Most people say “cakewalk” to mean an easy or simple task, a battle against an enemy that won’t put up much resistance. But originally it was a sadistic old-timey dancing game for slaves. Cakewalks were essentially dance-offs for a chance of winning, yes, a cake. While that sounds delightful, the reality was … less joyful than its name would imply. That’s because it was a party game for slaves – and they didn’t really have a choice in the matter.
I was at the Oscars, waiting to hear if my name was called, and I kept thinking, Cakewalk, cakewalk, cakewalk. I thought, Why is ‘cakewalk’ stuck in my head? And then, as I started to walk up the stairs and the fabric from my dress tucked under my feet, I realized my stylist had told me, ‘Kick, walk, kick, walk.’ You are supposed to kick the dress out while you walk, and I totally forgot because I was thinking about cake! And that’s why I fell.
Yesterday we mentioned the cakewalk in the post on Aida Overton Walker. My elementary school used to have cakewalks at festivals: a group of people would walk around a circle with numbered spaces while music played. When the music stopped, they pulled a number out of a hat, and the person standing on that number won a cake. Fun times! Who knew it holds a place in Black History?
The cakewalk came to national attention at the 1876 Philadelphia Centennial. There was an exhibit featuring slaves on a plantation singing folk songs and doing a “chalk-line walk.” The slaves would line up and couples would prance down a line or in a circle. The best performers won a cake.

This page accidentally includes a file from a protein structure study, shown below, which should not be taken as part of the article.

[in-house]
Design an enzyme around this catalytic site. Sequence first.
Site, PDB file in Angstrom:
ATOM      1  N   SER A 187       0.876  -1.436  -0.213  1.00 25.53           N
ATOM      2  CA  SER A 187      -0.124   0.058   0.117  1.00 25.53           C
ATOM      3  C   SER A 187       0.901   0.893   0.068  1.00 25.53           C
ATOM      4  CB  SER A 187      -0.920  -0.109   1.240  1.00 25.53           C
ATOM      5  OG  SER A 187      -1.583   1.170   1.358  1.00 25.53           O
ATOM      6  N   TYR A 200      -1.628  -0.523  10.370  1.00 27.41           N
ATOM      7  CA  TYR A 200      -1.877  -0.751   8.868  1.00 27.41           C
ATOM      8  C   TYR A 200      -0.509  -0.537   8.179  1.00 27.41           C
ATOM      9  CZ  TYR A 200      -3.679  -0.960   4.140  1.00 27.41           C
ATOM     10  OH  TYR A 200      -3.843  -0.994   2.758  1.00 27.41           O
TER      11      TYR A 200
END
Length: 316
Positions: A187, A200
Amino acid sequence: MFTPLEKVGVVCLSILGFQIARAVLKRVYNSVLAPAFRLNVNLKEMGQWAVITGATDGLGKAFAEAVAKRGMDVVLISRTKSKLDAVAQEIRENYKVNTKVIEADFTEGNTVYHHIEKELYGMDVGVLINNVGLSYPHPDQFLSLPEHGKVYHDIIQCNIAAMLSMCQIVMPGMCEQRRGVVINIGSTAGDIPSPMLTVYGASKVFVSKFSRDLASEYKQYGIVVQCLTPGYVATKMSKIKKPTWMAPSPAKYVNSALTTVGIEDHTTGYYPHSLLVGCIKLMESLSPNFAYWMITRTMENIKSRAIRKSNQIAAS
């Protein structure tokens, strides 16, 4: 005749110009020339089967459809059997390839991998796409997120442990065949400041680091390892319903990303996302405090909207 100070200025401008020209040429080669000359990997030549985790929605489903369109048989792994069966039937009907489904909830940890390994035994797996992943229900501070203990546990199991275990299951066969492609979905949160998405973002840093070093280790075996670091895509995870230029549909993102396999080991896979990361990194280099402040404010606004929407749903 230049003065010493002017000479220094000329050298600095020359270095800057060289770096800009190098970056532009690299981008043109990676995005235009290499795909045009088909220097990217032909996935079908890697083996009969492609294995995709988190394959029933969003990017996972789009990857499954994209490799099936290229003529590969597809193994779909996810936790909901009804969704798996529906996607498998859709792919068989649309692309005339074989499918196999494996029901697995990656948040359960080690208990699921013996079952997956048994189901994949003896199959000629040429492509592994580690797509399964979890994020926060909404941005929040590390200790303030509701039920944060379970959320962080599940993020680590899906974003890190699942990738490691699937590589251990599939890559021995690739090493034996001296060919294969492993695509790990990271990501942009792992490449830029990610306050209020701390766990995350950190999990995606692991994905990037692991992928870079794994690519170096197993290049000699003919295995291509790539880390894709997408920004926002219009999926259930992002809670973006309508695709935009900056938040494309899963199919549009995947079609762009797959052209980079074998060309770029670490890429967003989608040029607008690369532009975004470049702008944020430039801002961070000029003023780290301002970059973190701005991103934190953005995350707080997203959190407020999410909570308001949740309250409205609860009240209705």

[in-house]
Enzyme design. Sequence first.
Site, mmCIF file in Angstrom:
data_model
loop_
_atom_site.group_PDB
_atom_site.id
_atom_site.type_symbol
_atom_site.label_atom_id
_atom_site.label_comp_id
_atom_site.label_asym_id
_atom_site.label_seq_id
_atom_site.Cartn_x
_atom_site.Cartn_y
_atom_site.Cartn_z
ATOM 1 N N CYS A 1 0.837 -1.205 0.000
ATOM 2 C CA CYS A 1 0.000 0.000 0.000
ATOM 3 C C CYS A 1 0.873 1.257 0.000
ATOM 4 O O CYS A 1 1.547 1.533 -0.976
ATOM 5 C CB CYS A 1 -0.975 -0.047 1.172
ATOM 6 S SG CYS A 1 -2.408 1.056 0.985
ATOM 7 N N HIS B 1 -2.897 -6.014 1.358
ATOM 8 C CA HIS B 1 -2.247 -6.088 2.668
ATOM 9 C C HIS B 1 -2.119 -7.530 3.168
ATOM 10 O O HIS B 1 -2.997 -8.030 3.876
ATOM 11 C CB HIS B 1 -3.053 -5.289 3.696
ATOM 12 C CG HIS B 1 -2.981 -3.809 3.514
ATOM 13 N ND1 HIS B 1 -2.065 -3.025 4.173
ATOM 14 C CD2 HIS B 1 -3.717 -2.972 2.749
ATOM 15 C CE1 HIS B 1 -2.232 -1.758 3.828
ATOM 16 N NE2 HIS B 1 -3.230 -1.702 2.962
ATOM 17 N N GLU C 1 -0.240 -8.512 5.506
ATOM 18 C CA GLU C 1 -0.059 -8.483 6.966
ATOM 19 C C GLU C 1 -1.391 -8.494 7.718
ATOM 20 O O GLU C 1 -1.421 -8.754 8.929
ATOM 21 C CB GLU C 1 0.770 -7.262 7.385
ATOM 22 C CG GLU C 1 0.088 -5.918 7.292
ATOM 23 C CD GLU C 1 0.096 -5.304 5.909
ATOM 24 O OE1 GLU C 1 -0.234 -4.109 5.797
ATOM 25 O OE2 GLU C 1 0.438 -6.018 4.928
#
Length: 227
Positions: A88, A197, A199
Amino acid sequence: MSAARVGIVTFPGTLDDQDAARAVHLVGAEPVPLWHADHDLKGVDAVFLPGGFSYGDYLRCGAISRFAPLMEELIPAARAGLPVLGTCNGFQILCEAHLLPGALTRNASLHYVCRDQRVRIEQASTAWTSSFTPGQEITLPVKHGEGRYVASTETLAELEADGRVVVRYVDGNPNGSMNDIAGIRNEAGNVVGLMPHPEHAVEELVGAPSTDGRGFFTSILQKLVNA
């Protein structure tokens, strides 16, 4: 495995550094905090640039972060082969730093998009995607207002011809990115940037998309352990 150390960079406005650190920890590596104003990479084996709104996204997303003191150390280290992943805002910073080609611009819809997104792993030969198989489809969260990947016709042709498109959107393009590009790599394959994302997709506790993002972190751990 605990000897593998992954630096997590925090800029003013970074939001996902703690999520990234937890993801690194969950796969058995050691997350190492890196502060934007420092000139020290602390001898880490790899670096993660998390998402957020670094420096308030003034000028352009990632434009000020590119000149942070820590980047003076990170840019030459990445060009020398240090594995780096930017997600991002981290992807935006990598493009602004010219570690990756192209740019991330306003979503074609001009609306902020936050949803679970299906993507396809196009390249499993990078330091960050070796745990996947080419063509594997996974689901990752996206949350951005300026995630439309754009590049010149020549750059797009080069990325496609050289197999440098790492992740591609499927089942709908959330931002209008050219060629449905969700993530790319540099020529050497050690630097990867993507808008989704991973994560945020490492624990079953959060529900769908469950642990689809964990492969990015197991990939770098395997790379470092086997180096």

By 1877, minstrel shows had begun including the dance. At the time, it was only performed by men, but eventually women performers were included. The shows and dances were a big success all around the country and even in Europe, as Aida Overton Walker’s trip to England shows. Aida Overton Walker helped to popularize the dance and raise it to a level of respectability.
As a popular social dance, the cakewalk was a competition in which the couples performing the most fancy steps would receive a cake. In the ministrel shows, the cakewalk was exaggerated and goofy, showing the “Black” dancers as attempting to dance like high-society Whites.
But the origins of the cakewalk are on Southern plantations, when slaves would gather to mock the formal ballroom dance steps of their White owners. Eventually, the owners began to organize and judge competitions on the weekends. The Whites thought the dances were just funny slave dances, not realizing the original intent.
The cakewalk was the first social dance craze in the U.S. Was it also one of the first times White society co-opted Black cultural forms? (This reminds me of the Harlem Shake controversy). The cakewalk contributed to the development of jazz and ragtime music. It also attributed to several phrases, like “That takes the cake!” and “Piece of cake”, the latter because of the association with the weekend.